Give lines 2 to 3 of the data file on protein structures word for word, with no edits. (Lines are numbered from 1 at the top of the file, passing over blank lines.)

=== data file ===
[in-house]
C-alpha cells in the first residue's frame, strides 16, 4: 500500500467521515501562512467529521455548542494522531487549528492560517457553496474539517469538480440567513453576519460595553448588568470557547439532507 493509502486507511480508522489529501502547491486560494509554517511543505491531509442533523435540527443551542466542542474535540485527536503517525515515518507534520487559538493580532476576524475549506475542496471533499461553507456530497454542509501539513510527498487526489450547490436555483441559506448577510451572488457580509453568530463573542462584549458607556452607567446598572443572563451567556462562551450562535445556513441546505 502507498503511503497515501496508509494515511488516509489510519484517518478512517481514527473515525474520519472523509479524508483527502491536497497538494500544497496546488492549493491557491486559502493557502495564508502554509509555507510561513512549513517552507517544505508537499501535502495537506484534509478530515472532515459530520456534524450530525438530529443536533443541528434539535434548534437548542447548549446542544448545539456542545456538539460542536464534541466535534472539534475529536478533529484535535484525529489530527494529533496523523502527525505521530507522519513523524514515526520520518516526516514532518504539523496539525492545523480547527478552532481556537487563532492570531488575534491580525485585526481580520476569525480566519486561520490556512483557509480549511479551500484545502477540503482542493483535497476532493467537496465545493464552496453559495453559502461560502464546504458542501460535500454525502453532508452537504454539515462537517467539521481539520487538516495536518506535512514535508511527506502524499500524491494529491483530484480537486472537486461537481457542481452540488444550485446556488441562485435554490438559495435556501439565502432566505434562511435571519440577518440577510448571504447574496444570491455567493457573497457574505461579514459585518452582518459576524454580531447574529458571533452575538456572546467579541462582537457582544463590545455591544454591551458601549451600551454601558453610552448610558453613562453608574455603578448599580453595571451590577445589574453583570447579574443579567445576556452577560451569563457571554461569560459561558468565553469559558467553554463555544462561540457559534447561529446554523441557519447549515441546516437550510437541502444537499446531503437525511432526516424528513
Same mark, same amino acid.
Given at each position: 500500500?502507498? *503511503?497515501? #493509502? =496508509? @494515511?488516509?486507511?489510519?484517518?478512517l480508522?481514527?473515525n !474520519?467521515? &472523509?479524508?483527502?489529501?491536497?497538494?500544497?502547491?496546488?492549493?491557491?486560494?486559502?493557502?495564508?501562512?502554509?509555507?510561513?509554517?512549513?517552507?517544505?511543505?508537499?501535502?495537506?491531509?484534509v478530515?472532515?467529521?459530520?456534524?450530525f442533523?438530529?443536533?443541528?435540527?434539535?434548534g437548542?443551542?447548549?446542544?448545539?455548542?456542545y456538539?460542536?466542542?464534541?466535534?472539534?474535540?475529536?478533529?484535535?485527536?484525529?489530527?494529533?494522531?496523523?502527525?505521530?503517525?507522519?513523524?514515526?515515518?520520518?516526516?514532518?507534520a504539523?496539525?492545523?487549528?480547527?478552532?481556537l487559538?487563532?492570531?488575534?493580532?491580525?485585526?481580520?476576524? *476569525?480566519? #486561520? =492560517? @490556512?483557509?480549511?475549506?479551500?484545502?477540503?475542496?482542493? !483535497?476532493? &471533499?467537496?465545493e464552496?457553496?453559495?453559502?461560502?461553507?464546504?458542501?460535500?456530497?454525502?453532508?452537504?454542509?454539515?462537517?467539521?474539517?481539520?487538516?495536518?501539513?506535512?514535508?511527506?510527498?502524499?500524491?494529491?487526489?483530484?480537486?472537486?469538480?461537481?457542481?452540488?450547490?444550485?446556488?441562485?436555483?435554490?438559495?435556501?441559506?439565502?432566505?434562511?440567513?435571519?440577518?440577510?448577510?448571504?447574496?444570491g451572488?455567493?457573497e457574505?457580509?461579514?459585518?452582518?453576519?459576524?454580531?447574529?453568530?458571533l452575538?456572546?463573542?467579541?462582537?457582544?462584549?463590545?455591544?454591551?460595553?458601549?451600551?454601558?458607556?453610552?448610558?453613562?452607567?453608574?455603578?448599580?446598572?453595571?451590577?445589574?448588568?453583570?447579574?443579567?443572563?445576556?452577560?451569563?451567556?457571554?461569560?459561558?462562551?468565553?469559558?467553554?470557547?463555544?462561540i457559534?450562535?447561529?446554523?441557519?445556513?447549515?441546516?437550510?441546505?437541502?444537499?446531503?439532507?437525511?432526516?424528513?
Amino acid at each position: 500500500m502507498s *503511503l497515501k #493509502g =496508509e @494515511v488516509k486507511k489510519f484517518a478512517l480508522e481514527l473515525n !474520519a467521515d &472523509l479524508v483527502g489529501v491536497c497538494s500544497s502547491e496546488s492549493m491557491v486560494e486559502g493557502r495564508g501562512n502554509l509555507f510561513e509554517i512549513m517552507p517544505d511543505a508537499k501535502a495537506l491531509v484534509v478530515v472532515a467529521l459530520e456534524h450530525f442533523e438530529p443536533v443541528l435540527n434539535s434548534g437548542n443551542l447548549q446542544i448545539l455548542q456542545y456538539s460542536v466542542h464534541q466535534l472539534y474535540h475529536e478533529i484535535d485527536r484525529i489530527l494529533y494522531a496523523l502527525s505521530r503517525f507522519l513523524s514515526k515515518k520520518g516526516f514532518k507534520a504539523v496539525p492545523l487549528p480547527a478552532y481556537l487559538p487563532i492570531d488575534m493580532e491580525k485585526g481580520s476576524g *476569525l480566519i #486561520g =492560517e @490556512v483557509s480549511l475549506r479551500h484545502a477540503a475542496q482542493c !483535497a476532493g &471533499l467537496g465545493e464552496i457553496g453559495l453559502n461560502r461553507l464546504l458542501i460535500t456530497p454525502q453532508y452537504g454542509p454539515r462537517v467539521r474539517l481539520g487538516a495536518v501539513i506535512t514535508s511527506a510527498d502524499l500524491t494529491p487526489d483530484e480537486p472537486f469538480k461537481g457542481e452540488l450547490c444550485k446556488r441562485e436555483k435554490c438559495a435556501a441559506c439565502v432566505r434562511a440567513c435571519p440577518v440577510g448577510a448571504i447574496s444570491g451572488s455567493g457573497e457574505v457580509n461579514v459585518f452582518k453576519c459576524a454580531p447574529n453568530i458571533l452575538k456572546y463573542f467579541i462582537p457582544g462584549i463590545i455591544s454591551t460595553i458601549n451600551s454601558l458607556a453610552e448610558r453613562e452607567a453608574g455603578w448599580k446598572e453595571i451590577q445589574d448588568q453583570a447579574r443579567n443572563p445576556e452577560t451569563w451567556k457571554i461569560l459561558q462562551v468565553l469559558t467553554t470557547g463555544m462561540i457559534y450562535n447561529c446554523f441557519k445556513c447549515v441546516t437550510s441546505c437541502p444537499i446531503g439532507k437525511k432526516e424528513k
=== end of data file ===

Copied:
C-alpha cells in the first residue's frame, strides 16, 4: 500500500467521515501562512467529521455548542494522531487549528492560517457553496474539517469538480440567513453576519460595553448588568470557547439532507 493509502486507511480508522489529501502547491486560494509554517511543505491531509442533523435540527443551542466542542474535540485527536503517525515515518507534520487559538493580532476576524475549506475542496471533499461553507456530497454542509501539513510527498487526489450547490436555483441559506448577510451572488457580509453568530463573542462584549458607556452607567446598572443572563451567556462562551450562535445556513441546505 502507498503511503497515501496508509494515511488516509489510519484517518478512517481514527473515525474520519472523509479524508483527502491536497497538494500544497496546488492549493491557491486559502493557502495564508502554509509555507510561513512549513517552507517544505508537499501535502495537506484534509478530515472532515459530520456534524450530525438530529443536533443541528434539535434548534437548542447548549446542544448545539456542545456538539460542536464534541466535534472539534475529536478533529484535535484525529489530527494529533496523523502527525505521530507522519513523524514515526520520518516526516514532518504539523496539525492545523480547527478552532481556537487563532492570531488575534491580525485585526481580520476569525480566519486561520490556512483557509480549511479551500484545502477540503482542493483535497476532493467537496465545493464552496453559495453559502461560502464546504458542501460535500454525502453532508452537504454539515462537517467539521481539520487538516495536518506535512514535508511527506502524499500524491494529491483530484480537486472537486461537481457542481452540488444550485446556488441562485435554490438559495435556501439565502432566505434562511435571519440577518440577510448571504447574496444570491455567493457573497457574505461579514459585518452582518459576524454580531447574529458571533452575538456572546467579541462582537457582544463590545455591544454591551458601549451600551454601558453610552448610558453613562453608574455603578448599580453595571451590577445589574453583570447579574443579567445576556452577560451569563457571554461569560459561558468565553469559558467553554463555544462561540457559534447561529446554523441557519447549515441546516437550510437541502444537499446531503437525511432526516424528513
Same mark, same amino acid.